Exploring classical music: module 4

Course Dates: 14/07/21 - 04/08/21
Time: 18:00 - 19:30
Location: Online
Tutors: 
Enrich your understanding of music history. This module explores Western classical music from 1930 until 2000. Ideal for people with no specialist knowledge.
This course will be delivered online. See the ‘What is the course about?’ section in course details for more information.
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Full fee £69.00 Senior fee £69.00 Concession £42.00

This course has now started

Course Code: MD030D

Started Wed, eve, 14 Jul - 04 Aug '21

Duration: 4 sessions (over 4 weeks)

Call us to check if you can still join the course 020 7492 2630 (depart num)

Please note: We offer a wide variety of financial support to make courses affordable. Just visit our online Help Center for more information on a range of topics including fees, online learning and FAQs.

What is the course about?

This module is part of a series forming a beginners guide to Western Classical Music, which aims to provide an understanding of how this music works and how it has developed from the mid 20th century to the present.
No previous musical knowledge is necessary.

This is a live online course. You will need:
- Internet connection. The classes work best with Chrome.
- A computer with microphone and camera is best (e.g. a PC/laptop/iMac/MacBook), or a tablet/iPad/smart phone/iPhone if you don't have a computer.
- Earphones/headphones/speakers.
We will contact you with joining instructions before your course starts.

What will we cover?

- A chronological survey of classical music from the later 20th century
- The elements of music (melody, harmony, rhythm etc) and their use in this period
- The development of styles (Musique concrete, Serialism, Minimalism etc…)
- Focus on certain key composers and their works including Messiaen, Boulez, Cage and Ligeti.

What will I achieve?
By the end of this course you should be able to...

- Have an overview of the development of classical music from the later 20th century
- Show an understanding of the elements of music (melody, harmony, rhythm etc.) and how they work
- Have an understanding of the development of styles and genres in the period discussed
- Show specific knowledge of certain key composers and their works.

What level is the course and do I need any particular skills?

No previous knowledge of music is required but you should have an interest in music and be keen to find out more. You will need to follow written and verbal instructions in English, engage in class discussions and take notes in English.

How will I be taught, and will there be any work outside the class?

This is an online course:
Sessions will be held via video-conference (zoom) and comprise combinations of lecture, discussion, quizzes, guided listening, video and score study. Course materials (handouts, scores, links to online videos) will be shared via google classroom.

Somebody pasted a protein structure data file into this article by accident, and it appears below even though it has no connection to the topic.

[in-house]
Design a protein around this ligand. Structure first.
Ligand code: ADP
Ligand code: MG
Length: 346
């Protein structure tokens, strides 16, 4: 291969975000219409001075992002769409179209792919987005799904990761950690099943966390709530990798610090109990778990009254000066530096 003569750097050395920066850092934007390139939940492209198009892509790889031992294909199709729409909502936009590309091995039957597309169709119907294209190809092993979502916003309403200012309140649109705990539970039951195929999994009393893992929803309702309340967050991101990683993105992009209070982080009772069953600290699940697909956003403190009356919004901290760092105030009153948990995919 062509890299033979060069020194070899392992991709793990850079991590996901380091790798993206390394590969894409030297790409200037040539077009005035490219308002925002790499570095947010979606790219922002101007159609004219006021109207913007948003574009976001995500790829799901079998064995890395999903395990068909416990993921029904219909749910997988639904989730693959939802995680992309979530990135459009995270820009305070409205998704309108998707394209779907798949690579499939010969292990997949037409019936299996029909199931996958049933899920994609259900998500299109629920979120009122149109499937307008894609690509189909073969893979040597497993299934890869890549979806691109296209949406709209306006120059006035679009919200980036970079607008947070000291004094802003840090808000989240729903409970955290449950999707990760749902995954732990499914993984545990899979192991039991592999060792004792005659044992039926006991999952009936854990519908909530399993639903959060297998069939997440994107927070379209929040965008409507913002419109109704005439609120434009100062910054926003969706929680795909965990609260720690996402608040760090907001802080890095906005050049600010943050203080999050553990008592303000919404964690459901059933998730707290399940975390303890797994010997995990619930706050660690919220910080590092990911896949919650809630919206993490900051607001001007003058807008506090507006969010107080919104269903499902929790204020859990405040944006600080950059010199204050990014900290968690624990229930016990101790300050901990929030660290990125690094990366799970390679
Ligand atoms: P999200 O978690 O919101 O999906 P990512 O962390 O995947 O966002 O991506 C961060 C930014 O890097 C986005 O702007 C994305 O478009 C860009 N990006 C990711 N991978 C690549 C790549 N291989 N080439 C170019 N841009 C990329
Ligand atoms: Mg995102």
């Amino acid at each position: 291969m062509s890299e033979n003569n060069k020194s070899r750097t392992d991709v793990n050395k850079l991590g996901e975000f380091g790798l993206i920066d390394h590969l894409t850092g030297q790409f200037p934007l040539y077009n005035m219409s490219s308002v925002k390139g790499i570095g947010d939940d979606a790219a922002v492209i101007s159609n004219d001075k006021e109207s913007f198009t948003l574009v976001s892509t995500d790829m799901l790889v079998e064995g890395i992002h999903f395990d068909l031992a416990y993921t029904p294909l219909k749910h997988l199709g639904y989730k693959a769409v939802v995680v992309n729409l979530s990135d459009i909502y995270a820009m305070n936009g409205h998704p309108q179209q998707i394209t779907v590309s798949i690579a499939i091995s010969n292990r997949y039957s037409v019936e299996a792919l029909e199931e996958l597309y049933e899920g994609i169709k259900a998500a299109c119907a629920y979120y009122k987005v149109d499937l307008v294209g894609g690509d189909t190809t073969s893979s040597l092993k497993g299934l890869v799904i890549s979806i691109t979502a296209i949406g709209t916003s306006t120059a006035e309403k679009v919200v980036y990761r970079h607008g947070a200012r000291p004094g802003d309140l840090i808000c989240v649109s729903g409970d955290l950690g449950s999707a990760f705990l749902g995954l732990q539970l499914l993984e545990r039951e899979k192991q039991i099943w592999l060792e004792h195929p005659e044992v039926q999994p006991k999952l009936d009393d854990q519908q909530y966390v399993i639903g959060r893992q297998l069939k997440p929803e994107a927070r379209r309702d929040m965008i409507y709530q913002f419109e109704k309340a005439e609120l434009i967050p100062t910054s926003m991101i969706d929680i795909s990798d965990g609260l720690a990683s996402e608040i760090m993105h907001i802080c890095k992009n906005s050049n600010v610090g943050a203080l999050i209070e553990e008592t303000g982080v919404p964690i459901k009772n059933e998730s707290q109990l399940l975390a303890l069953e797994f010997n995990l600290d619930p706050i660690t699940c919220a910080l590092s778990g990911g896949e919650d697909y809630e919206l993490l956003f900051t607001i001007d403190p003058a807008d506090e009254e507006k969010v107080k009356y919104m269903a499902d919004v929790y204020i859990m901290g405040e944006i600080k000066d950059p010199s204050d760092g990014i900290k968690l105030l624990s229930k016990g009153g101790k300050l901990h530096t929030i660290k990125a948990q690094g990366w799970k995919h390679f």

You will be encouraged to do extra reading outside class.

Are there any other costs? Is there anything I need to bring?

You will need a good internet connection and a computer with microphone & webcam. If using a tablet it will need a screen large enough for you to comfortably view the class handouts.
You may also wish to purchase some of the music books or recordings discussed in class, links to these materials will be available online after each session.

When I've finished, what course can I do next?

To find out more about music history classes Music history courses in London and online which lists our full programme of classes ordered by term, and by day of the week. You may then click on each title to read the full course outline.

Karl Lutchmayer

I have spent my professional career balancing performing as a concert pianist with teaching academic music courses. I was formerly a lecturer at the Royal College of Music and Trinity Laban Conservatoire, but have found that I enjoy teaching non-professionals far more, so a great deal of my work over the last three years has been with adult amateurs and the general public. Born to Indian parents (the name is a long story, but I and my forbears are Indian as far as records go back!), I now also spend a few months each year in India working with teachers and advanced students with the aim, ultimately, of opening India's first conservatoire. My research work has largely been in the area of 19th and 20th century performing practice, although for the last three years I have been investigating approaches to performance creativity, first at New College, Oxford, and now at Hughes Hall, Cambridge. In my spare time you may occasionally me performing as a founder member of the prog rock band, The Connoisseur.

Please note: We reserve the right to change our tutors from those advertised. This happens rarely, but if it does, we are unable to refund fees due to this. Our tutors may have different teaching styles; however we guarantee a consistent quality of teaching in all our courses.